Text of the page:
In Fig. 21 such a prism is shown in plan and elevation. The elevation shows it to be resting on II, and the plan shows it to be situated in front of V, its sides making angles with V. Since its top and bottom faces are parallel to II and its side faces perpendicular to that plane, we can apply the projections of the rays of light to the plan and determine at once which of the side faces are in light and which in shade. The projections of the rays R1 and R2 show that the faces abgf and adif receive the light directly, and that the two other side faces do not receive the rays of light and are. therefore, in shade. The edges bg and di are two of the shade lines. R3 and R4 are the projections of the rays which are tangent to the prism along these shade lines.

Applying the projection R5 in the elevation makes it evident that the top face of the prism is in light and the bottom face is in shade since the prism rests on H. This determines the light and shade of all the faces of the prism, and the other shade lines would therefore be he and ed.

Casting the shadow of each of these shade lines, we obtain the required shadow on V and H.

It is evident that the shadows of the edges bg and di on H will be 45° lines since these edges are perpendicular to II (§ 31) Also, their shadows on V will be parallel to the lines themselves since these shade lines are parallel to Y. (§ 30)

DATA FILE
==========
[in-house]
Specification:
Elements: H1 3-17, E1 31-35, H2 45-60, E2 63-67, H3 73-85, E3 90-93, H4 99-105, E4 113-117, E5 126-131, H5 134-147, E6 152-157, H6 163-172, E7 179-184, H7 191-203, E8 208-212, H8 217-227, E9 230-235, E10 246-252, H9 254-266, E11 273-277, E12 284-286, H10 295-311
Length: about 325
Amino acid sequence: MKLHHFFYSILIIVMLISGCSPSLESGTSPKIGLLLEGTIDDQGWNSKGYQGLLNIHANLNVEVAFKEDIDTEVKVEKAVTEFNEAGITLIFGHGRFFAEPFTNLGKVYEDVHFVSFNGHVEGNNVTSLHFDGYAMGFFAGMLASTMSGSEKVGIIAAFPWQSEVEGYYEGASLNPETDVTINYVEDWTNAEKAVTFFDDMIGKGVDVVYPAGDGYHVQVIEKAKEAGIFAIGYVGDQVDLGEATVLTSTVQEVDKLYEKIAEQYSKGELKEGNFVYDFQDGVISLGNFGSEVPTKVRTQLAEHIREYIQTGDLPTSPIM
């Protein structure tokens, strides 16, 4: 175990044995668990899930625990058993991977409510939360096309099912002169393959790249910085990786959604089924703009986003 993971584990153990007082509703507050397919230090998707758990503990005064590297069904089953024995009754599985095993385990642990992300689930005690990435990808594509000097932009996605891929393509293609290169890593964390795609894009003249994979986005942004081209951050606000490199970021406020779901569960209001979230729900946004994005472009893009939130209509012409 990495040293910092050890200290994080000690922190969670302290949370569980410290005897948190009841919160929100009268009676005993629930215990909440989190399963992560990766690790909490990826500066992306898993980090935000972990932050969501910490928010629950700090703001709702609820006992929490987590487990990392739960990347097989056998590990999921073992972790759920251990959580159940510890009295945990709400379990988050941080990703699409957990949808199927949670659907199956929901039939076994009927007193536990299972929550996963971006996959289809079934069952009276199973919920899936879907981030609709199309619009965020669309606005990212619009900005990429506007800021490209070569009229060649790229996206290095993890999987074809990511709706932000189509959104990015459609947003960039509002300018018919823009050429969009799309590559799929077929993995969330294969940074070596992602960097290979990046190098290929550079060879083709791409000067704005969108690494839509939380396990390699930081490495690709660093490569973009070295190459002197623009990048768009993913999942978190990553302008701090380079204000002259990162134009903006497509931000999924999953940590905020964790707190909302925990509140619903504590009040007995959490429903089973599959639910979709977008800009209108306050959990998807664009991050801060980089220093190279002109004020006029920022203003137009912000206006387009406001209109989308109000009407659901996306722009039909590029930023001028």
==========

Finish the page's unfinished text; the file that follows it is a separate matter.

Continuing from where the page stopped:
46. In general, to find the shadow of an object whose planes are parallel or perpendicular to H or V:

(1) Apply to the object the projections of the ray of light to determine the lighted and shaded faces.

(2) These determine the shade lines.

(3) Cast the shadows of these shade lines by the method followed in Problem II.

47. Problem VI. To find the shade and shadow of one object on another.

In Fig. 22 is shown in plan and elevation a prism B, resting on II and against Y. Upon this prism rests a plinth A: To find the shadow of the plinth on the prism and the shadow of both or. the co-ordinate planes. Since these objects have their faces either perpendicular to, or parallel to, the co-ordinate planes, we can determine immediately the light and shade faces and from them the shade lines.

48. Considering first the plinth. A, it is evident that its top, left-hand and front faces will receive the light, that the lower and right-hand faces will he in shade. The back face resting against the V plane will be its own shadow on V. (§ 39) The shade lines of A will be, therefore, ef,fg,gc and cd.

Cast the shadows of these lines. A rests against V and part of its shadow will fall on V; also, since it rests on B the remainder will fall on B. Begin with the point e, one end of the shade line; this point, lying in V, is its own shadow on V. (§ 39).

The line ef being perpendicular to V, its shadow, or as much of its shadow as falls on V, will be, therefore, a 45° line drawn from ev. The point th, in plan, shows the amount of the line cf which falls on V, the rest tf falls on the side face of the prism, and this shadow is not visible in elevation or plan.